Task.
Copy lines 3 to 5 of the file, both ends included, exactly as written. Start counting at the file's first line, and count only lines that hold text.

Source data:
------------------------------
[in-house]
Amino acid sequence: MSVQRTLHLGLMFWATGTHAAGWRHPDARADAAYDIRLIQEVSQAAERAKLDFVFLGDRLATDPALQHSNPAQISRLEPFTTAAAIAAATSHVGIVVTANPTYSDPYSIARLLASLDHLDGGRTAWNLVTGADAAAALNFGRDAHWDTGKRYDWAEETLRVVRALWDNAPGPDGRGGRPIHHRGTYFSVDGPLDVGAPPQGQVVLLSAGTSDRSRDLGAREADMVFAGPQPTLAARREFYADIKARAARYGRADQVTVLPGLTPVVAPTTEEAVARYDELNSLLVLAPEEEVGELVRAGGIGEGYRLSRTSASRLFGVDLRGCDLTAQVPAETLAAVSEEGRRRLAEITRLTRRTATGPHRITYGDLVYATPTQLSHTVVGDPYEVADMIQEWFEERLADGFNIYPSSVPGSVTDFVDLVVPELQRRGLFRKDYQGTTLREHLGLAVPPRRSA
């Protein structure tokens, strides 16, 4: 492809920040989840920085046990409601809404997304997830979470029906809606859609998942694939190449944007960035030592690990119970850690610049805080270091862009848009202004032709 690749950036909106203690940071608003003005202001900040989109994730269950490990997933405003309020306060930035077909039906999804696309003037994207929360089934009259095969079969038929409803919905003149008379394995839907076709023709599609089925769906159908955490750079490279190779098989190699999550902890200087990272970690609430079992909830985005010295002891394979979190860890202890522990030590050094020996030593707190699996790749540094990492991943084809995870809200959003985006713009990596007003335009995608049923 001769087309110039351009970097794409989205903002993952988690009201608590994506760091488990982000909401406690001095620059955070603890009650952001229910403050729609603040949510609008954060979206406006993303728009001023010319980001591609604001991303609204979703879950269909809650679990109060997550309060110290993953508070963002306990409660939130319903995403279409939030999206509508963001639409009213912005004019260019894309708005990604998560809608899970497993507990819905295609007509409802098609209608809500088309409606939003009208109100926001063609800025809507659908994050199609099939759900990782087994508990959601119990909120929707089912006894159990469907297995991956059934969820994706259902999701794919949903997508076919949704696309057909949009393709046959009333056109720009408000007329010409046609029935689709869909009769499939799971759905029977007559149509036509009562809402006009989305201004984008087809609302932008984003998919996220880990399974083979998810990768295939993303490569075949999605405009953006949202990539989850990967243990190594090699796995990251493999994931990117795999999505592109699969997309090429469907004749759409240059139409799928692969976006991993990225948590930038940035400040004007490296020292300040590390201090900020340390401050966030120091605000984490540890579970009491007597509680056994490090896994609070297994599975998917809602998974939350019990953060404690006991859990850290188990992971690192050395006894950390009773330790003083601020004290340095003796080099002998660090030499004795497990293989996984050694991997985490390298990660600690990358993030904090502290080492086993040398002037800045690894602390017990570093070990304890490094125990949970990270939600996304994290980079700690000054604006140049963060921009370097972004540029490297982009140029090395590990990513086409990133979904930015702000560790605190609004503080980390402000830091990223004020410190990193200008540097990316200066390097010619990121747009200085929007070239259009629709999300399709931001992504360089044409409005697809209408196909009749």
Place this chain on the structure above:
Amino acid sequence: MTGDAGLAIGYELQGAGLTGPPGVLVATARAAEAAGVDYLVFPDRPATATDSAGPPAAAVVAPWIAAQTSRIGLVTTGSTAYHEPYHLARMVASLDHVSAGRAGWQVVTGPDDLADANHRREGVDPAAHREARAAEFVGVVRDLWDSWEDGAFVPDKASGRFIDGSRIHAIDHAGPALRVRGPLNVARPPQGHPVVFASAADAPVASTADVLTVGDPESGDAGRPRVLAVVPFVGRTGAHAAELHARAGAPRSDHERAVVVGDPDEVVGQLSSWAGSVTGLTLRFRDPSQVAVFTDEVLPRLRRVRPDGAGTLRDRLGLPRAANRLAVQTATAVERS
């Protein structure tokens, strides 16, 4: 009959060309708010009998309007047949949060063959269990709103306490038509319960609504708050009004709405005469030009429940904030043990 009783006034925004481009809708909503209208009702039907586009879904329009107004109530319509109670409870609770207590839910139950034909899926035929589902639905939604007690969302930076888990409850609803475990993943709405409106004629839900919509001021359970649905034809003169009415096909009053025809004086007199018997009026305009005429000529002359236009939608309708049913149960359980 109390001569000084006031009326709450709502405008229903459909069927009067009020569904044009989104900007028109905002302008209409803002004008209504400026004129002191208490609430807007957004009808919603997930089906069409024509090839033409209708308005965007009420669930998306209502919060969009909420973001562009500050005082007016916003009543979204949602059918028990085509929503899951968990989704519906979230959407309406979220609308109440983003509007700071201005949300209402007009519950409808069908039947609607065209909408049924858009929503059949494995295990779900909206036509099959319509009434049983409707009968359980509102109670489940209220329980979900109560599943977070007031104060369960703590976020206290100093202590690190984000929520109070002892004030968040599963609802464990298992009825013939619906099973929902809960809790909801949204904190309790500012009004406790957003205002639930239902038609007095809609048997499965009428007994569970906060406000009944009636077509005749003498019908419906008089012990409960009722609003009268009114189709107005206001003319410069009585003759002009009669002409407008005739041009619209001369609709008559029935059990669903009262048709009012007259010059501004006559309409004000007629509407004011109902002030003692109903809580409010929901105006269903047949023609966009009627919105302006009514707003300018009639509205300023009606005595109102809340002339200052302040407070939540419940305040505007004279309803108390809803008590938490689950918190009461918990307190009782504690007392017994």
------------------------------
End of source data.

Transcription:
């Protein structure tokens, strides 16, 4: 492809920040989840920085046990409601809404997304997830979470029906809606859609998942694939190449944007960035030592690990119970850690610049805080270091862009848009202004032709 690749950036909106203690940071608003003005202001900040989109994730269950490990997933405003309020306060930035077909039906999804696309003037994207929360089934009259095969079969038929409803919905003149008379394995839907076709023709599609089925769906159908955490750079490279190779098989190699999550902890200087990272970690609430079992909830985005010295002891394979979190860890202890522990030590050094020996030593707190699996790749540094990492991943084809995870809200959003985006713009990596007003335009995608049923 001769087309110039351009970097794409989205903002993952988690009201608590994506760091488990982000909401406690001095620059955070603890009650952001229910403050729609603040949510609008954060979206406006993303728009001023010319980001591609604001991303609204979703879950269909809650679990109060997550309060110290993953508070963002306990409660939130319903995403279409939030999206509508963001639409009213912005004019260019894309708005990604998560809608899970497993507990819905295609007509409802098609209608809500088309409606939003009208109100926001063609800025809507659908994050199609099939759900990782087994508990959601119990909120929707089912006894159990469907297995991956059934969820994706259902999701794919949903997508076919949704696309057909949009393709046959009333056109720009408000007329010409046609029935689709869909009769499939799971759905029977007559149509036509009562809402006009989305201004984008087809609302932008984003998919996220880990399974083979998810990768295939993303490569075949999605405009953006949202990539989850990967243990190594090699796995990251493999994931990117795999999505592109699969997309090429469907004749759409240059139409799928692969976006991993990225948590930038940035400040004007490296020292300040590390201090900020340390401050966030120091605000984490540890579970009491007597509680056994490090896994609070297994599975998917809602998974939350019990953060404690006991859990850290188990992971690192050395006894950390009773330790003083601020004290340095003796080099002998660090030499004795497990293989996984050694991997985490390298990660600690990358993030904090502290080492086993040398002037800045690894602390017990570093070990304890490094125990949970990270939600996304994290980079700690000054604006140049963060921009370097972004540029490297982009140029090395590990990513086409990133979904930015702000560790605190609004503080980390402000830091990223004020410190990193200008540097990316200066390097010619990121747009200085929007070239259009629709999300399709931001992504360089044409409005697809209408196909009749």
Place this chain on the structure above:
Amino acid sequence: MTGDAGLAIGYELQGAGLTGPPGVLVATARAAEAAGVDYLVFPDRPATATDSAGPPAAAVVAPWIAAQTSRIGLVTTGSTAYHEPYHLARMVASLDHVSAGRAGWQVVTGPDDLADANHRREGVDPAAHREARAAEFVGVVRDLWDSWEDGAFVPDKASGRFIDGSRIHAIDHAGPALRVRGPLNVARPPQGHPVVFASAADAPVASTADVLTVGDPESGDAGRPRVLAVVPFVGRTGAHAAELHARAGAPRSDHERAVVVGDPDEVVGQLSSWAGSVTGLTLRFRDPSQVAVFTDEVLPRLRRVRPDGAGTLRDRLGLPRAANRLAVQTATAVERS